Warren v. Lowe's Home Centers, LLC et al

Filing 71

MEMORANDUM OPINION & ORDER: 1. Defendant Lowe's Home Centers, LLC's Motion for Summary Judgment R. 61 is GRANTED. 2. Defendant Savant Technologies LLC's Motion for Summary Judgment R. 62 is GRANTED. 3. Defendant Lowe's Home Centers, LLC's Motion to Exclude R. 60 is DENIED as moot. Signed by Judge Danny C. Reeves on 2/5/24.(KSS)cc: COR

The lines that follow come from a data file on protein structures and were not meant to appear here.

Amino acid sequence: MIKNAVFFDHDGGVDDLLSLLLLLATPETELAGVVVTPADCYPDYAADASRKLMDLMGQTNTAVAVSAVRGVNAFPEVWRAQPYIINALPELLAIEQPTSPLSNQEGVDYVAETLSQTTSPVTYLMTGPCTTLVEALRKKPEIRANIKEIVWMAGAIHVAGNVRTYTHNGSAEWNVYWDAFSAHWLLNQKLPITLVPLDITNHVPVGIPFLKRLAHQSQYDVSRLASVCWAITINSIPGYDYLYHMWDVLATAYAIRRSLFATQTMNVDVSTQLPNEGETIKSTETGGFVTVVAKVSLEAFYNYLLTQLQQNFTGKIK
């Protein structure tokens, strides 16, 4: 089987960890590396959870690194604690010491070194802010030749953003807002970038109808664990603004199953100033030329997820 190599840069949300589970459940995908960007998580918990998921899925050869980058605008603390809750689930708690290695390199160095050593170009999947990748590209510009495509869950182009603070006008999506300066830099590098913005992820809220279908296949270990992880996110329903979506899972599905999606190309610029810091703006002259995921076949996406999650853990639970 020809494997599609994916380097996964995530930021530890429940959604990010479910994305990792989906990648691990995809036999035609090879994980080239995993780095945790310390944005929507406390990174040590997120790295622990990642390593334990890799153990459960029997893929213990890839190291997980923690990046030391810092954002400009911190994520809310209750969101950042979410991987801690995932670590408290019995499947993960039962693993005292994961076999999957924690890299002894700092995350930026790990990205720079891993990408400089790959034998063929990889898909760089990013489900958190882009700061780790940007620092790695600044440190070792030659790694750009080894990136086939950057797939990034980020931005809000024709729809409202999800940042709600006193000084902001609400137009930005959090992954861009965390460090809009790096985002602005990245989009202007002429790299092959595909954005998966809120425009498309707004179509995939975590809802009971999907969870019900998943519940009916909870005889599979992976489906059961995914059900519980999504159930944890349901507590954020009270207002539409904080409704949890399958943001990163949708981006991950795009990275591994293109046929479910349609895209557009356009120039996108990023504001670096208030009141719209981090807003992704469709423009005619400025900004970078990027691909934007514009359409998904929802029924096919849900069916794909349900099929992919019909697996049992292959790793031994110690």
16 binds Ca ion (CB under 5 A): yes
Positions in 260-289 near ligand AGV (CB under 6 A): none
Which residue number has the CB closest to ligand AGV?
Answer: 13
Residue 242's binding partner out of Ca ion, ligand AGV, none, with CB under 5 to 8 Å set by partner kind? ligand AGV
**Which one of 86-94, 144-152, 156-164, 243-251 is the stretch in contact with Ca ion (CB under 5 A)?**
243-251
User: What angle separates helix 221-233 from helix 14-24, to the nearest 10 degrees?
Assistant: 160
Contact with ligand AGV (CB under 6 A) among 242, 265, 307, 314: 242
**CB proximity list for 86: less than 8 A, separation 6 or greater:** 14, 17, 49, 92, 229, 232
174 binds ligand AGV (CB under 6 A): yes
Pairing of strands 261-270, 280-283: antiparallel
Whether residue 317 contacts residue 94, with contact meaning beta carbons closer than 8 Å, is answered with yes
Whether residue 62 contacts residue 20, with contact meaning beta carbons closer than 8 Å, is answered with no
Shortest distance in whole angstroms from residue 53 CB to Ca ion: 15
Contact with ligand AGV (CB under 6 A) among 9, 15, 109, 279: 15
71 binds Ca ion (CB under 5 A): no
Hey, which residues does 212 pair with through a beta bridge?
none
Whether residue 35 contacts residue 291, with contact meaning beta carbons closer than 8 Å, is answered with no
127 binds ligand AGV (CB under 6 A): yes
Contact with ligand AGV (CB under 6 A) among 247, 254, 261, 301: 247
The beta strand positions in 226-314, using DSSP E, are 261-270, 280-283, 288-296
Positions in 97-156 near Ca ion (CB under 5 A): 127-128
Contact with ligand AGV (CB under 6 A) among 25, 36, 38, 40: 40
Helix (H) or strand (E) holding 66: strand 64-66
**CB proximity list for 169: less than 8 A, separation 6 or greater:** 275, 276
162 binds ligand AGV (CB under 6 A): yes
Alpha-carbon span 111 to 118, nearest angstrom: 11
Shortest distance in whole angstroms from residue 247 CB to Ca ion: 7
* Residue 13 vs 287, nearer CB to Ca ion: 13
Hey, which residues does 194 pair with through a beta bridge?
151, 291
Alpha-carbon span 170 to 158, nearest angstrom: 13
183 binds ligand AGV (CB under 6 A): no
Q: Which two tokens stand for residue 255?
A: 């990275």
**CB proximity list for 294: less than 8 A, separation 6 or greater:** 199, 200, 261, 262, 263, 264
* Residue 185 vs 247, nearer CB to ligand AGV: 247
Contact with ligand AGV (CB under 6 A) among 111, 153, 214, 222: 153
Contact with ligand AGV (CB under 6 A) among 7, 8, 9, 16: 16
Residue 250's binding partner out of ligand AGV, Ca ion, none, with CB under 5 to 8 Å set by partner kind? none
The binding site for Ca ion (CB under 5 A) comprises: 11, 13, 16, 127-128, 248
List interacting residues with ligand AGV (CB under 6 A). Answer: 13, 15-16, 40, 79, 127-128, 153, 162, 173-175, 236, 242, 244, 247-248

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UNITED STATES DISTRICT COURT EASTERN DISTRICT OF KENTUCKY NORTHERN DIVISION (at Ashland) TERRY WARREN, ) ) ) ) ) ) ) ) ) ) Plaintiff, V. LOWE’S HOME CENTERS, LLC, et al., Defendants. *** *** Civil Action No. 0: 21-085-DCR MEMORANDUM OPINION AND ORDER *** *** While shopping at the Lowe’s store in Morehead, Kentucky, Plaintiff Terry Warren alleges that he picked up a box containing a fluorescent light bulb, the bulb fell from its box and shattered on the floor. He contends that some of the glass particles injured his eyes and the roof of his mouth. Warren filed suit against Defendants Lowe’s Home Centers, LLC (“Lowe’s”) and Savant Technologies LLC (“Savant”). Both defendants have moved for summary judgment pursuant to Rule 56 of the Federal Rules of Civil Procedure. [Record Nos. 61, 62] The motions will be granted for the reasons that follow. I. Warren alleges that asserts that he was injured while shopping at the Lowe’s store in Morehead, Kentucky on September 22, 2020. Specifically, he claims that he picked up a box containing a fluorescent lightbulb and that “the light bulb fell from the box and burst onto the -1- floor.” 1 [Record No. 1-1, ¶ 11] Warren contends that “the shards of glass and contents of said bulb became embedded within [his] eyes,” [Id. ¶ 12], and that shattered glass particles inhaled by Warren “became lodged within [his] mouth, esophagus, throat, and person causing serious physical injury,” [Id. ¶ 13]. Warren filed suit in the Rowan Circuit Court nearly one year after the incident. [See id.] And after determining that the plaintiff was seeking damages in excess of $75,000, the defendants removed the case to this Court, invoking diversity jurisdiction. Discovery closed on November 18, 2023, and the instant motions for summary judgment were filed on November 28, 2023. [Record Nos. 61, 62] II. Summary judgment is appropriate when the moving party demonstrates that there is no genuine dispute regarding any material fact and that it is entitled to judgment as a matter of law. Fed. R. Civ. P. 56(a); see also Celotex Corp. v. Catrett, 477 U.S. 317, 322–23 (1986). Once this showing is made, the burden shifts to the nonmovant. The nonmoving party may not simply rely on his pleadings but must “produce evidence that results in a conflict of material fact to be resolved by a jury.” Cox v. Ky. Dept. of Transp., 53 F.3d 146, 149 (6th Cir. 1995). In other words, the nonmoving party must present “significant probative evidence that establishes more than some metaphysical doubt as to the material facts.” Golden v. Mirabile Invest. Corp., 724 F. App’x 441, 445 (6th Cir. 2018) (citation and alteration omitted). Warren contradicted this allegation during his deposition, stating that the lightbulb did not break when it fell to the floor but when it struck a shelf and “broke right eye level.” [Record No. 61-2, p. 15] 1 -2- The Court affords all reasonable inferences and construes the evidence in the light most favorable to the nonmoving party. Matsushita Elec. Indus. Co. v. Zenith Radio Corp., 475 U.S. 574, 587 (1986). However, a dispute over a material fact is not “genuine” unless a reasonable jury could return a verdict for the nonmoving party. Anderson v. Liberty Lobby, Inc., 477 U.S. 242, 248 (1986) Further, the Court may not weigh the evidence or make credibility determinations but must determine “whether the evidence presents a sufficient disagreement to require submission to a jury or whether it is so one-sided that one party must prevail as a matter of law.” Anderson, 477 U.S. at 251–52; see also Moran v. Al Basit LLC, 788 F.3d 201, 204 (6th Cir. 2015). And the existence of a scintilla of evidence favoring the nonmovant is not sufficient to avoid summary judgment. Anwar v. Dow Chem. Co., 876 F.3d 841, 851 (6th Cir. 2017) (citing Anderson, 477 U.S. at 252). III. A common law negligence claim requires proof of: “(1) a duty owed by the defendant to the plaintiff, (2) breach of that duty, (3) injury to the plaintiff, and (4) legal causation between the defendant’s breach and the plaintiff’s injury.” Wright v. House of Imports, Inc., 381 S.W.3d 209, 213 (Ky. 2012) (citing Pathways, Inc. v. Hammons, 113 S.W.3d 85, 88–89 (Ky. 2003)). Warren’s Complaint and subsequent filings clarify that his claims against Lowe’s raise three theories of negligence. First, he raises a premises liability claim. Warren asserts that Lowe’s “knew or should have known that a dangerous condition existed on its premises that posed a threat or harm to members of the public and other invitees.” [Record No. 1-1, ¶ 16] Second, he alleges that Lowe’s failed to properly train and supervise its employees “regarding proper stocking, -3- storage, handling, inspecting, and stacking procedures when placing items on the sales floor.” [Id. ¶ 30] Third, Warren brings a claim for liability under the doctrine of respondeat superior. A. A negligence claim brought under a theory of premises liability begins by assuming that a property owner “has a general duty to maintain the premises in a reasonably safe manner; and the scope of that duty is outlined according to the status of the plaintiff.” Shelton v. Ky. Easter Seals Soc’y, Inc., 413 S.W.3d 901, 909 n.28 (Ky. 2013); see Bramlett v. Ryan, 635 S.W.3d 831, 836 (Ky. 2021) (“At common law, the duty a property owner owed to an entrant to his or her property depended upon the classification of that entrant as a trespasser, licensee, or invitee.”). “A customer of a store, when on that part of the premises where customers are expected to go, is an invitee.” Lyle v. Megerle, 109 S.W.2d 598, 599 (Ky. 1937). With respect to invitees, Lowe’s has a duty “to discover unreasonably dangerous conditions . . . and to either correct them or warn of them.” Ky. River Med. Center v. McIntosh, 319 S.W.3d 385, 388 (Ky. 2010). An unreasonably dangerous condition is “one that is ‘recognized by a reasonable person in similar circumstances as a risk that should be avoided or minimized’ or one that is ‘in fact recognized as such by the particular defendant.’” Shelton, 413 S.W.3d at 914 (quoting Dan B. Dobbs et al., The Law of Torts § 143, p. 335 (2001)). 1. The first issue to address is whether the display of fluorescent bulbs constituted an unreasonably dangerous condition. “It is generally a question of fact to be presented to the jury whether an unreasonably dangerous condition existed . . . sufficient to trigger the duty to warn or ameliorate.” City of Barbourville v. Hoskins, 655 S.W.3d 137, 141 (Ky. 2022). -4- However, summary judgment may still be appropriate “[i]f reasonable minds cannot differ or it would be unreasonable for a jury to find breach or causation.” Shelton, 413 S.W.3d at 916. Here, the Court concludes that no reasonable person could conclude that the display of light bulbs constituted an “unreasonably dangerous condition.” To support this determination, we need only review the plaintiff’s deposition testimony. Warren testified that a Lowe’s employee directed him to the area where the bulbs were being displayed, describing the location as “midways in that section of that out [sic] aisle, down on the floor.” [Record No. 61-1, p. 2] He further described the displayed bulbs as being individually boxed and stacked up “[n]ice and neat.” [Id. at 6, 8] Warren further testified that all the boxes looked the same, including the box in issue. [Id. at 10] Neither Warren nor the Lowe’s employee recognized the display as being unreasonably dangerous. After approaching the display, Warren proceeded to get down on one knee and began removing boxes from the stack in search of his desired size. [Id. at 7–8] Since Warren is the only witness to this alleged incident, the Court has only his testimony to consider. But even interpreted in a light most favorable to him, there is no evidence from which a jury could conclude that a reasonable person in similar circumstances would recognize the display as “a risk that should be avoided or minimized.” See Shelton, 413 S.W.3d at 914. Because the display did not constitute an unreasonably dangerous condition, Lowe’s had no duty to warn or ameliorate. Hoskins, 655 S.W.3d at 141. With respect to the light bulb display, Lowe’s was only bound by its duty to maintain the premises in a reasonably safe manner. 2. -5- Warren has also not provided any evidence that would permit this Court or a jury to find that the display was anything other than reasonably safe. Warren’s own deposition testimony undermines the claim that Lowe’s or its staff should have been on notice that a potential hazard existed. After kneeling at the display, Warren provides two contradictory narratives describing what happened. Per his Complaint, “the light bulb fell from the box and burst onto the floor.” [Record No. 1-1, ¶ 11] But during Warren’s deposition, he testified that he was trying to set one of the boxes on a nearby shelf when the light bulb partially slid out of the box, struck the shelf, and “broke right eye level.” [Id. at 15] Regardless of which version is believed, neither represents a breach of the duty Lowe’s owed to Warren and it would be unreasonable for a jury to find otherwise. Because Lowe’s did not breach its duty, the Court need not explore the elements of injury or causation. Lowe is entitled to summary judgment as a matter of law regarding Warren’s claim of premises liability. B. Warren’s claim against Lowe’s for negligent training or supervision will be addressed alongside his claim based upon the doctrine of respondeat superior. 2 Both claims fail because they rely on an underlying finding for which there is no evidence. Warren alleges that Lowe’s had a duty to train and supervise its employees “regarding proper stocking, storage, handling, inspecting, and stacking procedures when placing items on the sales floor.” [Record No. 1-1, The Supreme Court of Kentucky has held “that a plaintiff may assert and pursue in the same action a claim against an employer based under respondeat superior upon the agent’s negligence and a separate claim based upon the employer’s own direct negligence in hiring, retention, supervision, or training.” MV Transp., Inc. v. Allgeier, 433 S.W. 3d 324, 337 (Ky. 2014). 2 -6- ¶ 30] The burden is on Warren to demonstrate that the breach of that duty was the cause of his injuries. Implicit in this task is first proving that the display was stocked, stored, or inspected in such negligent fashion as to cause Warren’s alleged injuries. But as noted above, Warren fails to offer any evidence that the light bulb display—rather than his own actions—was the cause of any injury. As a result, he is unable to demonstrate causation. His claim for negligent training, therefore, fails. The same is true for Warren’s claim brought under the doctrine of respondeat superior. Under this doctrine, an employer can be held vicariously liable for an employee’s negligent actions if they were committed within the scope of the employee’s employment. See Papa John’s Intern., Inc. v. McCoy, 244 S.W.3d 44, 50 (Ky. 2008) (citing Patterson v. Blair, 172 S.W.3d 361, 364 (Ky. 2005)). It naturally follows that “if the agent did not act negligently, there can be no vicarious liability imputed to the principal.” Cohen v. Alliant Enterprises, Inc., 60 S.W.3d 536, 539 (Ky. 2001). But Warren has failed to provide any evidence that Lowe’s employees acted negligently. IV. The Court next turns to Warren’s product liability claim against Savant. “[I]f a claim is brought against a seller or manufacturer of a product which is alleged to have caused injury, then the [Kentucky Product Liability Act (“KPLA”)] applies, regardless of whether the action is founded on strict liability in tort, negligence or breach of warranty.” Monsanto Co. v. Reed, 950 S.W.2d 811, 814 (Ky. 1997); see also KRS 411.300(1) 3. The Supreme Court of Kentucky “As used in KRS 411.310 to 411.340, a ‘product liability action’ shall include any action brought for or on account of personal injury, death or property damage caused by or resulting from the manufacture, construction, design, formulation, development of standards, 3 -7- has recognized three theories of product liability: (1) defective design, (2) defective manufacture, and (3) failure to warn. Clark v. Hauck Mfg. Co., 910 S.W.2d 247, 250 (Ky. 1995), overruled on other grounds by Martin v. Ohio Cnty. Hosp. Corp., 295 S.W.3d 104 (Ky. 2009). Warren bases his claim against Savant in negligence, alleging that it “knew or should have known that a dangerous condition existed regarding its product and/or packaging,” (defective design) [Record No. 1-1, ¶ 22], “failed to maintain its product in a safe and reasonable manner,” (defective manufacture) [Id. ¶ 23], and “failed to warn members of the public and others . . . about the dangerous condition that existed,” (failure to warn) [Id. ¶ 24]. A. A negligence claim alleging defective design turns on whether the manufacturer exercised the proper degree of care to protect against foreseeable dangers when manufacturing the product for the consumer. Ostendorf v. Clark Equip. Co., 122 S.W.3d 530, 535 (Ky. 2003). Kentucky employs a risk-utility test in design defect cases that evaluates “whether an ordinarily prudent company engaged in the manufacture of [the product], being fully aware of the risk, would not have put it on the market.” Nichols v. Union Underwear Co., Inc., 602 S.W.2d 429, 433 (Ky. 1980); see also KRS 411.310(2) 4 (articulating a statutory presumption of non-defectiveness). “To prevail on a design-defect claim, a plaintiff must present proof of preparation, processing, assembly, testing, listing, certifying, warning, instructing, marketing, advertising, packaging or labeling of any product.” “In any product liability action, it shall be presumed, until rebutted by a preponderance of the evidence to the contrary, that the product was not defective if the design, methods of manufacture, and testing conformed to the generally recognized and prevailing standards or the state of the art in existence at the time the design was prepared, and the product was manufactured.” 4 -8- ‘an alternative safer design, practicable under the circumstances.’” Primal Vantage Co., Inc. v. O’Bryan, 677 S.W.3d 228, 248 (Ky. 2022) (quoting Trent v. Ford Motor Corp., 2 F. Supp. 3d 1022, 1026 (W.D. Ky. 2014)). 1. Savant highlights several instances in which this Court and others have held that expert testimony is required to prevail in a design defect claim. [Record No. 68, p. 3] It further notes that Warren has not retained an expert and that the deadline for doing so has passed. But Savant’s assertion that an expert witness is required in this instance is incorrect. The Court has noted that expert testimony is required where a “design defect claim turns on scientific or specialized knowledge ‘which cannot be determined intelligently from testimony on the basis of ordinary knowledge gained in the ordinary affairs of life.’” Burgett v. Troy-Bilt LLC, 970 F. Supp. 2d 676, 681 (E.D. Ky. 2013) (quoting Com., Dept. of Highways v. Robbins, 421 S.W.2d 820, 824 (Ky. 1967)). The examples provided by Savant fit squarely within that category. 5 Expert testimony is required, however, “when the subject presented is so distinctly related to an area that is so far removed from the grasp of the average lay person.” Stevens v. Keller Ladders, 1 F. App’x 452, 458 (6th Cir. 2001). The Court is unconvinced that the facts in this case require expert testimony. Accordingly, it would be improper to grant summary judgment on that basis alone. Watson v. Ford Motor Co., No. 08-cv-508, 2009 WL 5064316 (E.D. Ky. Dec. 15, 2009) (requiring expert testimony to demonstrate that a vehicle and its restraint system were defective); Honaker v. Innova, Inc., 04-cv-132, 2007 WL 1217744 (W.D. Ky. Apr. 23, 2007) (finding that the safety and engineering aspects of pressure cookers are not within the knowledge of an ordinary person); Burton v. Ethicon, Inc., 20-cv-280, 2021 WL 1725514 (E.D. Ky. Apr. 20, 2021) (requiring expert proof of design alternatives to a medical transvaginal mesh product). 5 -9- 2. Although expert testimony may not be required, “design defect liability requires proof of a feasible alternative design.” Toyota Motor Corp. v. Gregory, 136 S.W.3d 35, 42 (Ky. 2004) (emphasis added). “Except where the defect is obvious (as when a Coke bottle explodes), the plaintiff must usually show that some alternative way of manufacture or design was both safer and feasible.” Ford Motor Co. v. Fulkerson, 812 S.W.2d 119, 126 (Ky. 1991) (quoting Richard O. Lempert & Stephen A. Saltzburg, A Modern Approach to Evidence, 187– 89 (1st ed. 1977)). It is insufficient to show that it was “theoretically probable that a different design would have been feasible.” Thacker v. Ethicon, Inc., 47 F.4th 451, 463 (6th Cir. 2022) (quoting Brock v. Caterpillar, Inc., 94 F.3d 220, 224 (6th Cir. 1996)). Warren has failed to clear this relatively low bar. In response to Savant’s motion, Warren filed a response that did not contain a single citation to statutory or case law. [Record No. 66] He provides no alternative light bulb design that would have prevented the alleged breakage, instead focusing on the packaging. The extent of Warren’s “proof” of a box alternative is an illustrative paragraph that leads with the claim that “[m]ost light bulbs on the market now are fully encased in packaging that surrounds all sides . . . .” [Id.] Warren then goes on to “calculate” that the cost of more robust packaging would be approximately “.089 cents per package”—a conclusion he reaches with the aid of www.boxforless.com. While the Court again notes that expert testimony is not required in this matter, Warren would have surely benefitted from it. Instead, the evidence being offered is inadequate for presentation to a jury, as it would require jurors to reach a verdict based entirely on speculation. - 10 - In summary, because Warren has presented no proof of alternative safer designs for the light bulb or its packaging, his allegation of design defect fails. B. “Under Kentucky law, a manufacturing defect exists in a product when it leaves the hands of the manufacturer in a defective condition because it was not manufactured or assembled in accordance with its specifications.” Greene v. B.F. Goodrich Avionics Sys., Inc., 409 F.3d 784, 788 (6th Cir. 2005). The plaintiff has the burden of proving that any manufacturing defect was a substantial factor in bringing about the alleged injuries. See id. As one might imagine, the most useful evidence of manufacturing defect in this case would be the light bulb and box in which it was housed. But Warren has neither. Warren testified that he discovered “a piece of glass sticking in the roof of [his] mouth” approximately four days after the incident and that it was “about half the size of [his] little fingernail”. [Record No. 62-3, p. 16] His brother testified that he removed the piece of glass with a pair of tweezers and that the extracted glass was thrown away. [Record No. 62-4, p. 3] Warren argues in his response that the glass is not needed because he “can make Defendant Lowe’s employees testify as to statements made to them by Plaintiff, incident reports taken, camera footage, etc.” [Record No. 66] But that ship has sailed. Warren took no depositions and discovery has closed. Warren also failed to retain the box in which the light bulb was contained, leaving the Court or jury with little more than his less-than-certain testimony. While Warren testified that he did not see any tabs 6 on the box, [Record No. 62-3, p. 10], he also indicated multiple times 6 The design of the box relies, in part, on tabs that help secure the light bulb in place. - 11 - that the boxes in the display all looked the same, [Record No. 61-2, p. 10]. Warren’s only evidence seems to be his own testimony, which is replete with contradiction. Warren alleges in his Complaint that “the light bulb fell from the box and burst onto the floor.” [Record No. 1-1, ¶ 11] Later, he testified that the light bulb may have only partially slid out of the box, struck a shelf, and “broke right eye level.” [Id. at 15] Based upon Warren’s lack of proof, it would be unreasonable for a jury to conclude that a manufacturing defect existed, let alone that it was a substantial factor in bringing about his alleged injuries. 7 C. A manufacturer is only liable under the failure-to-warn theory of product liability “if it knew or should have known of the inherent dangerousness of the product and failed to ‘accompany . . . it with the quantum of warning which would be calculated to adequately guard against the inherent danger.’” CertainTeed Corp. v. Dexter, 330 S.W.3d 64, 79 (Ky. 2010) (quoting Post v. Am. Cleaning Equip. Corp., 437 S.W.2d 516, 520 (Ky. 1968)). Additionally, the plaintiff must show that the failure to warn was the proximate cause of the plaintiff’s alleged injuries. Morales v. Am. Honda Motor Co., 151 F.3d 500, 507 (6th Cir. 1998) (citing Morales v. Am. Honda Motor Co., 71 F.3d 531, 537 (6th Cir. 1995)). Warren has not demonstrated that either the bulb or the box presented any inherent dangerousness. An affidavit from Savant’s then-Lead Product Service Engineer reports that, Though not discussed herein, Warren has an extensive history of oronasal health issues for which he has undergone invasive oral surgery. [See Record Nos. 62-1, p. 3; 62-3, p. 5] Even if the Court were to find either defendant responsible for a breach of duty, Warren has not retained an expert witness necessary to show that the alleged harm resulted from the incident at Lowe’s, rather than the past medical procedures targeting the exact same area. 7 - 12 - since January 2018, “Savant has shipped over three million units of circline light bulb products, including over 200,000 units of this exact SKU.” [Record No. 62-8, p. 3] He further notes that aside from Warren’s allegation, “Savant has received no reports of personal injury or property damage related to these circulene light bulb products whatsoever.” [Id.] Warren has provided no evidence to support the contention that the product was inherently dangerous, or that Savant knew or should have known about it. Savant is entitled to summary judgment as a matter of law because Warren has failed to preserve or present any evidence of alleged negligence. V. Based on the foregoing analysis and discussion, it is hereby ORDERED as follows: 1. Defendant Lowe’s Home Centers, LLC’s Motion for Summary Judgment [Record No. 61] is GRANTED. 2. Defendant Savant Technologies LLC’s Motion for Summary Judgment [Record No. 62] is GRANTED. 3. Defendant Lowe’s Home Centers, LLC’s Motion to Exclude [Record No. 60] is DENIED, as moot. Dated: February 5, 2024. - 13 -